Reference Number: 488
Nutrition: Wheat dextrin
The present study was conducted to investigate the concentrations of potential toxic metals (PTMs) in agricultural soil (n = 25) and their bioaccumulation in wheat crop (n = 25) collected from alongside the Kurram River, Pakistan. The highest concentrations of Cd, Cr, Cu, Fe, Mn, Ni, Pb, and Zn in soil samples were 0.16, 19.5, 14.7, 46.5, 13.5, 14.5, 14.0, and 19.7 mg kg-1, respectively. In the edible tissues of cultivated wheat crop, the highest concentrations of Cd, Cr, Cu, Fe, Mn, Ni, Pb, and Zn were 0.15, 10.00, 8.75, 22.25, 11.00, 11.25, 10.50, and 7.50 mg kg-1, respectively. The selected PTM concentrations in soil samples were observed within their respective permissible limits set by the Food and Agriculture Organization (FAO) and State Environmental Protection Administration (SEPA) China, while in wheat crops, the Cr and Pb concentrations were above the permissible limits of both FAO and SEPA China. The results showed that the orders of PTMs were Fe > Zn > Cr > Cu > Ni > Pb > Mn in soil and Fe > Ni > Mn > Pb > Cr > Cu > Zn in wheat. The highest PTM concentrations were reported in the sample collected near dumping sites. The results of different soil pollution indices including geo-accumulation index (Igeo), contamination factor (CF), and enrichment factor (EF) indicated that the soil of the study area was moderately to severely contaminated. The ADI values of wheat crops were less than 1, while the HQ varied among different PTMs with the highest value of 2.118 for Pb, and the lowest for Zn (0.007). The results indicated that anthropogenic intervention has made a substantial contribution to soil contamination with PTMs and subsequent uptake by wheat, which may exert potential human health risk.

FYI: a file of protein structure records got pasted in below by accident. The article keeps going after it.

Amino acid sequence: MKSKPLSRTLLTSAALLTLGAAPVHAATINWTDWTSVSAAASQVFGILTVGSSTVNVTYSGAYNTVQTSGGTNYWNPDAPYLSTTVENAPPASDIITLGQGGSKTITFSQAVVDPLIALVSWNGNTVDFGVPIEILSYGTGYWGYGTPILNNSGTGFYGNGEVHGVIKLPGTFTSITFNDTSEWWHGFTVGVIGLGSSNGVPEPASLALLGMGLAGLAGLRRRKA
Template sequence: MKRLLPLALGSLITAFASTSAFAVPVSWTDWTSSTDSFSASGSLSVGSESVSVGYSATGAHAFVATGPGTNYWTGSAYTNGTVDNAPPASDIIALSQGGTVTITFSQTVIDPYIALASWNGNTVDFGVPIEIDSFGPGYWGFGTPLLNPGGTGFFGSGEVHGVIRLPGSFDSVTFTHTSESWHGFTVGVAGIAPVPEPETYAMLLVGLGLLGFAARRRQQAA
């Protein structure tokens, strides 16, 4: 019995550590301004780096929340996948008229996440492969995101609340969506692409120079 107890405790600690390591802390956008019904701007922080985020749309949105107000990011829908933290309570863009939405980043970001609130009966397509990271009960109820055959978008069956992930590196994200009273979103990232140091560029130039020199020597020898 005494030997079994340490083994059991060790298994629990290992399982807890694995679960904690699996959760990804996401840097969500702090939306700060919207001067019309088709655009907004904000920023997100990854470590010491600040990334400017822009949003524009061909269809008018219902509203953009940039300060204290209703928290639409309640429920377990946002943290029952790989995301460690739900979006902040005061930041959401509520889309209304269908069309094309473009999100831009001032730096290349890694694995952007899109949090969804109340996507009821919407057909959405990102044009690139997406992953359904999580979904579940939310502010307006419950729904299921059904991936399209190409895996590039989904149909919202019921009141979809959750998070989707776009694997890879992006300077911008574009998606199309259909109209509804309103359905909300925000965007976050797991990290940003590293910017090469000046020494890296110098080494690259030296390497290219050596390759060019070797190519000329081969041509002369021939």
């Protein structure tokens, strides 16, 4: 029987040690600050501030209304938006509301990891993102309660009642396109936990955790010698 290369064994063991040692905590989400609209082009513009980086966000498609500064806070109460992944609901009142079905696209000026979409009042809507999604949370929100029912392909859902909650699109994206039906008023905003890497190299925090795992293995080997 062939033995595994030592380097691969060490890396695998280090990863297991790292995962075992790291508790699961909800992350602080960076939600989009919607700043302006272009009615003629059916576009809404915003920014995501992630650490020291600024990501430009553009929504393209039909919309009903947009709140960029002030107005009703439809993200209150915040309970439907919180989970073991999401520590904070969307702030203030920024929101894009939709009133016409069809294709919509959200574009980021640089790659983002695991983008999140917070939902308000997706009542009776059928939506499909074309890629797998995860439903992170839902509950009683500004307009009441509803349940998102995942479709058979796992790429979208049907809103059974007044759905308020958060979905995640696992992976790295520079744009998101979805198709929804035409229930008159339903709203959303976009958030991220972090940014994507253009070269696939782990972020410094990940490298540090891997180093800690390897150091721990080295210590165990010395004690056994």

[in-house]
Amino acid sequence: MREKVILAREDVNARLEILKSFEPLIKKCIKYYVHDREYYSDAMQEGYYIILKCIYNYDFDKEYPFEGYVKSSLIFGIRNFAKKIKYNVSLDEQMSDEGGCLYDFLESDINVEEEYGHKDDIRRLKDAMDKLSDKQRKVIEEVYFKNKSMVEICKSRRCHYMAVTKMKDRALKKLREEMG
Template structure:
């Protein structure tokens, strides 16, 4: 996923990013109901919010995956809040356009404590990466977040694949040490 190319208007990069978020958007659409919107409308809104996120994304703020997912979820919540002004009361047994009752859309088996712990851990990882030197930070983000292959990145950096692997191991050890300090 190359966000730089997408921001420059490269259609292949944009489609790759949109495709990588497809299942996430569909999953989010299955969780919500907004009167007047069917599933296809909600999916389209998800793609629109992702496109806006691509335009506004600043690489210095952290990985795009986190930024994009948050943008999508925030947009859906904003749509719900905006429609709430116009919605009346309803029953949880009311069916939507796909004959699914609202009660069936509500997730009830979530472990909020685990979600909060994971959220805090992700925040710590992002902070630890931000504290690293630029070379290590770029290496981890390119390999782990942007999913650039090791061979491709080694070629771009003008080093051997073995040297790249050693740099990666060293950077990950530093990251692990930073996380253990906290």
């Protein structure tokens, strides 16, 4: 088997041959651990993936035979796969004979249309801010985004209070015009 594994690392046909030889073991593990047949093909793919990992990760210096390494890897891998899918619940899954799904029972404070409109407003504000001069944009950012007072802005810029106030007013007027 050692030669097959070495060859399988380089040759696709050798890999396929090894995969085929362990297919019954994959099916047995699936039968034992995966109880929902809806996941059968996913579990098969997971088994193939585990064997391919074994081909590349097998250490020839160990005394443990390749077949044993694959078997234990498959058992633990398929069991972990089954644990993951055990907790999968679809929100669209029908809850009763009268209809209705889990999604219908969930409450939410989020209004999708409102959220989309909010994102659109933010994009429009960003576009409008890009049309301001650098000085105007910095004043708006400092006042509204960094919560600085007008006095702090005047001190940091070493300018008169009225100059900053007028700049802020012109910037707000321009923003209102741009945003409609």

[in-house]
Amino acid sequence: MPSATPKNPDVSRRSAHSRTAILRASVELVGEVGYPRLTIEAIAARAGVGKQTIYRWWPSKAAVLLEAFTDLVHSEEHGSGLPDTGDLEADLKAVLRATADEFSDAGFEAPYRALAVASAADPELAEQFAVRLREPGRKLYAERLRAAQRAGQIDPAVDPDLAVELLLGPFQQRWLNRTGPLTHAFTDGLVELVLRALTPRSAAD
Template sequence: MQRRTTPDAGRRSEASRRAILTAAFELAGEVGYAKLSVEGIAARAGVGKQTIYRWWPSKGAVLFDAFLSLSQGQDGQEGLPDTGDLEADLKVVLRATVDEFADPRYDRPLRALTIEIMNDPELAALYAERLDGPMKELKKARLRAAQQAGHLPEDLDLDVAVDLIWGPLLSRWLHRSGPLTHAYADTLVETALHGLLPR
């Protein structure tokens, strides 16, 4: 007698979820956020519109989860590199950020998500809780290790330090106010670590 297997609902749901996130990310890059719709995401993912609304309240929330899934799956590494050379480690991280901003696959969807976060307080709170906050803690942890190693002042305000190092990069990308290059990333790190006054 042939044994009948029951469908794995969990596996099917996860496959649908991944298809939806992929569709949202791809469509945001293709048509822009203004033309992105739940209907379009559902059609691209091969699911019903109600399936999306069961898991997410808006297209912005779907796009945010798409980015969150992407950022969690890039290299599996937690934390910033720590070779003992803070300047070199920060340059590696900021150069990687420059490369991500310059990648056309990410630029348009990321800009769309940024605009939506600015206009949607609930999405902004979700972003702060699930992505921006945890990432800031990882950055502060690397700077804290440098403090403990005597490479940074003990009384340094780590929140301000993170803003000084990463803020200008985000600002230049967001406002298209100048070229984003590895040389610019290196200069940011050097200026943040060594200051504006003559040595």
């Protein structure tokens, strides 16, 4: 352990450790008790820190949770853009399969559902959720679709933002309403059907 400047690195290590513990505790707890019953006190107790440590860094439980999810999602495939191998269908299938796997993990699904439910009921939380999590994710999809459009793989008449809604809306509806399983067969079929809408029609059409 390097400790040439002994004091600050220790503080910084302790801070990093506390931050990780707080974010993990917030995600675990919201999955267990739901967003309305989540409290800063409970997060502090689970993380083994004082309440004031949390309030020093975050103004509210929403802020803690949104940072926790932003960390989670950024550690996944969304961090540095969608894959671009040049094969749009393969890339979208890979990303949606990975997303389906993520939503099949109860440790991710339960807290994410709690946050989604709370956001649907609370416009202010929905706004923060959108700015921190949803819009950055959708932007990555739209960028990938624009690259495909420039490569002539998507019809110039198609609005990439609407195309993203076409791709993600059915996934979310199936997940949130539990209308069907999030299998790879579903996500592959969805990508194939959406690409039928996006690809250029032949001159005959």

Significance of this Study to the Baker:
The reality is that our soils are becoming severely degraded and in parts contaminated as a result of intensive farming and monocultures (farming of one crop over the expense of others). Choosing organic grains and flour that is grown in more sustainable agriculture practise can help dampen the risks of such contamination and improve the mineral content and overall nutritional value. This is far more favourable for our health and reduces risk of disease.